Longtime Democratic and lesbian activist Hilary Rosen was in the proverbial political hotseat this week over a critique she offered Wednesday night regarding Republican presidential nominee-apparent Mitt Romney.
Rosen was appearing on CNN’s Anderson Cooper 360 and discussing Romney’s recent remarks aimed at winning female support by claiming that President Obama’s economic policies have been harder on women.
Rosen said Romney was right to put the focus on economic issues when it comes to female voters, but she then tried to explain why she thinks Romney is “old-fashioned when it comes to women” and doesn’t see women as equals.”
“What you have is Mitt Romney running around the country and saying, ‘Well, you know, my wife tells me that what women really care about are economic issues, and when I listen to my wife, that’s what I’m hearing.’
“Guess what,” said Rosen, “his wife has never actually worked a day in her life. She’s never really dealt with the kinds of economic issues that a majority of women in this country are facing in terms of how do we feed our kids, how do we send them to school, and how we worry about their future.”
Rosen said more, but that one phrase—that Ann Romney’s “never actually worked a day in her life”— is all it took to trigger a counterattack from the Romney campaign and a massive pile on from the media and even the White House itself.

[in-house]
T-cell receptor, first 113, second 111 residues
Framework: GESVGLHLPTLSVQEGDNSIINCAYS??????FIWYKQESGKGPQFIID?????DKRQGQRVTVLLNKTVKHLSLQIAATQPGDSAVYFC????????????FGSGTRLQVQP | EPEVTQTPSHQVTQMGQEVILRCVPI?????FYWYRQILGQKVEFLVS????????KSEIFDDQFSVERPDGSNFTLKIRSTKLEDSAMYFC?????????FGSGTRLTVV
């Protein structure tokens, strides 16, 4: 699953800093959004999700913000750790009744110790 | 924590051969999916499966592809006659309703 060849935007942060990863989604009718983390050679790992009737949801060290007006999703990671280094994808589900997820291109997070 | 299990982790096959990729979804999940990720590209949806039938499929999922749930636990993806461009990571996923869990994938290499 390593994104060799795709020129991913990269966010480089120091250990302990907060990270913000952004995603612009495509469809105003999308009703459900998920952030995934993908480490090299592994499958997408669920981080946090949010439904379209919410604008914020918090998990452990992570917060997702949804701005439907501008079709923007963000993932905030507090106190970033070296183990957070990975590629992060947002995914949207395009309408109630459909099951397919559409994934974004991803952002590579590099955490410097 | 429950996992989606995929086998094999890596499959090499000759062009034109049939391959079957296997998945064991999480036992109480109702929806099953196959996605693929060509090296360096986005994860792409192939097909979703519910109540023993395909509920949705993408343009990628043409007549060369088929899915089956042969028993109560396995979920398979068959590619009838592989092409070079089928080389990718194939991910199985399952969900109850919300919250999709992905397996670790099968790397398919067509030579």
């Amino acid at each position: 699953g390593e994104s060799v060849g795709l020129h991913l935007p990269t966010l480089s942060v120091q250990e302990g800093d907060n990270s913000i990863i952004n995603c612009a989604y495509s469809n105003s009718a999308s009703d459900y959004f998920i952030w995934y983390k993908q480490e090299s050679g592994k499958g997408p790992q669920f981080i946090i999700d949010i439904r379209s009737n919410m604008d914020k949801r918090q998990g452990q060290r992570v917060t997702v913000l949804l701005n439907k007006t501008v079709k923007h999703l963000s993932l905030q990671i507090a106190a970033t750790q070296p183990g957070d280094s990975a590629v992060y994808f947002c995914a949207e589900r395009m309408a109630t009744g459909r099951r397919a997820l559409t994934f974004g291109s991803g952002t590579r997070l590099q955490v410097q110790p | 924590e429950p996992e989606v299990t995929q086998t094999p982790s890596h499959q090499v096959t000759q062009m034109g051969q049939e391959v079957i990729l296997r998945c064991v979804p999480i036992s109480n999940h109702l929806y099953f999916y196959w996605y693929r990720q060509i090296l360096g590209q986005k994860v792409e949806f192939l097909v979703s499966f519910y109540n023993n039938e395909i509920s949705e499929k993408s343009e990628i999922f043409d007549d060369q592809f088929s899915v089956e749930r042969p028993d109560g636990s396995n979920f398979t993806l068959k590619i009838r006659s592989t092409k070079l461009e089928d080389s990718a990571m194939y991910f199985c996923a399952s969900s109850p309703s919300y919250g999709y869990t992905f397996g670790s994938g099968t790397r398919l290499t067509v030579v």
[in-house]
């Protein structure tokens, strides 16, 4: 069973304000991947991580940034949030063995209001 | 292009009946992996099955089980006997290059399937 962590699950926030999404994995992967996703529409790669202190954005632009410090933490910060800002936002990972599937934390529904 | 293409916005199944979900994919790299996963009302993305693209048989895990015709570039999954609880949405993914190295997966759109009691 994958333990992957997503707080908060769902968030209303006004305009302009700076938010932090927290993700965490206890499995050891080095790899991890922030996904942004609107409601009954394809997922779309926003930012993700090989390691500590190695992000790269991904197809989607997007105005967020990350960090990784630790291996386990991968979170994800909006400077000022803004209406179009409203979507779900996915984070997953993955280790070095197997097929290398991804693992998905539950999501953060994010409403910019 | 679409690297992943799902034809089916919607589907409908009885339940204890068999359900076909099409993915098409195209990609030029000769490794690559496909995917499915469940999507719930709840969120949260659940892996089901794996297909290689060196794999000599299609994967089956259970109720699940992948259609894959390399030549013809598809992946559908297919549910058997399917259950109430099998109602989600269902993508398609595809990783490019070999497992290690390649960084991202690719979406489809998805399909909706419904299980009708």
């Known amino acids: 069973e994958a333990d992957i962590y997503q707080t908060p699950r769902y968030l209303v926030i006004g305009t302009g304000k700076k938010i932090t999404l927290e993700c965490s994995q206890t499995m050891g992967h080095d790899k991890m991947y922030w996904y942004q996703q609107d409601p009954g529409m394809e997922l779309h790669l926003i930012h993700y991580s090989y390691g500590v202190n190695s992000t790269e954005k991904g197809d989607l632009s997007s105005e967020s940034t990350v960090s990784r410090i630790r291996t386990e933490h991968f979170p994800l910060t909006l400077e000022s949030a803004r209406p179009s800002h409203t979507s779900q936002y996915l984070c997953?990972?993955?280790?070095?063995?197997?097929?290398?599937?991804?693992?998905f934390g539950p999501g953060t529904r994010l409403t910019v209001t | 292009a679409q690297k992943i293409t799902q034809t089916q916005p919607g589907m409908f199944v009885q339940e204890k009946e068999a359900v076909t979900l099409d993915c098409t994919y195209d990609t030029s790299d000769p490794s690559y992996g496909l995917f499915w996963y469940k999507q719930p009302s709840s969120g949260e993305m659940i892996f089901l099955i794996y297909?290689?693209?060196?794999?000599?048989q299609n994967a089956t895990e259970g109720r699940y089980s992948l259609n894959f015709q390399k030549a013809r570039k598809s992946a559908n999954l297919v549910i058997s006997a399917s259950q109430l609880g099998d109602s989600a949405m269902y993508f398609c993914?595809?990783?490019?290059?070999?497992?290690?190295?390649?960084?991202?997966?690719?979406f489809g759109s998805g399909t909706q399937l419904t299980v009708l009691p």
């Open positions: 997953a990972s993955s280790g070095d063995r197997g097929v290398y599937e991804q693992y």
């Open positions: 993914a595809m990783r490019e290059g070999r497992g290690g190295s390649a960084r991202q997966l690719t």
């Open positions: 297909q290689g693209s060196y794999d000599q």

First, Ann Romney launched a Twitter account (@AnnDRomney) on Wednesday night, just to respond to Rosen’s barb. Her first Tweet, at approximately 10 p.m., was, “I made a choice to stay home and raise five boys Believe me it was hard work.” Her second Tweet, at about 9 a.m Thursday morning: “I’ll be with @marthamaccallum this morning at 10:40 discussing Hilary Rosen’s comments. All moms are entitled to choose their path.”
Rosen, a mom with a job outside the home, tried to make clear that she didn’t mean to attack Ann Romney but rather to comment on candidate Romney’s recent remark: “My wife has the occasion, as you know, to campaign on her own and also with me, and she reports to me regularly that the issue women care about most is the economy.”
On the Cooper show, Rosen said that comment makes Romney seem “old-fashioned when it comes to women and I think that comes across and I think that’s going to hurt him over the long run because he doesn’t really see us as equals.”
But the heat from her “never actually worked a day in her life” barb had already ignited the political flash fire. Rosen was quickly under heavy attack —especially from high places in the Obama camp.
Prominent Obama adviser David Axelrod posted a Tweet right after the Cooper program, saying “Also Disappointed in Hilary Rosen’s comments about Ann Romney. They were inappropriate and offensive.” And Obama campaign manager Jim Messina added his own Tweet: “I could not disagree with Hilary Rosen any more strongly. Her comments were wrong and family should be off limits. She should apologize.” DNC Chairman Debbie Wasserman Schultz Tweeted: “Disappointed in @hilaryr’s comments. As a mother of 3 there’s no doubt that raising children is work.”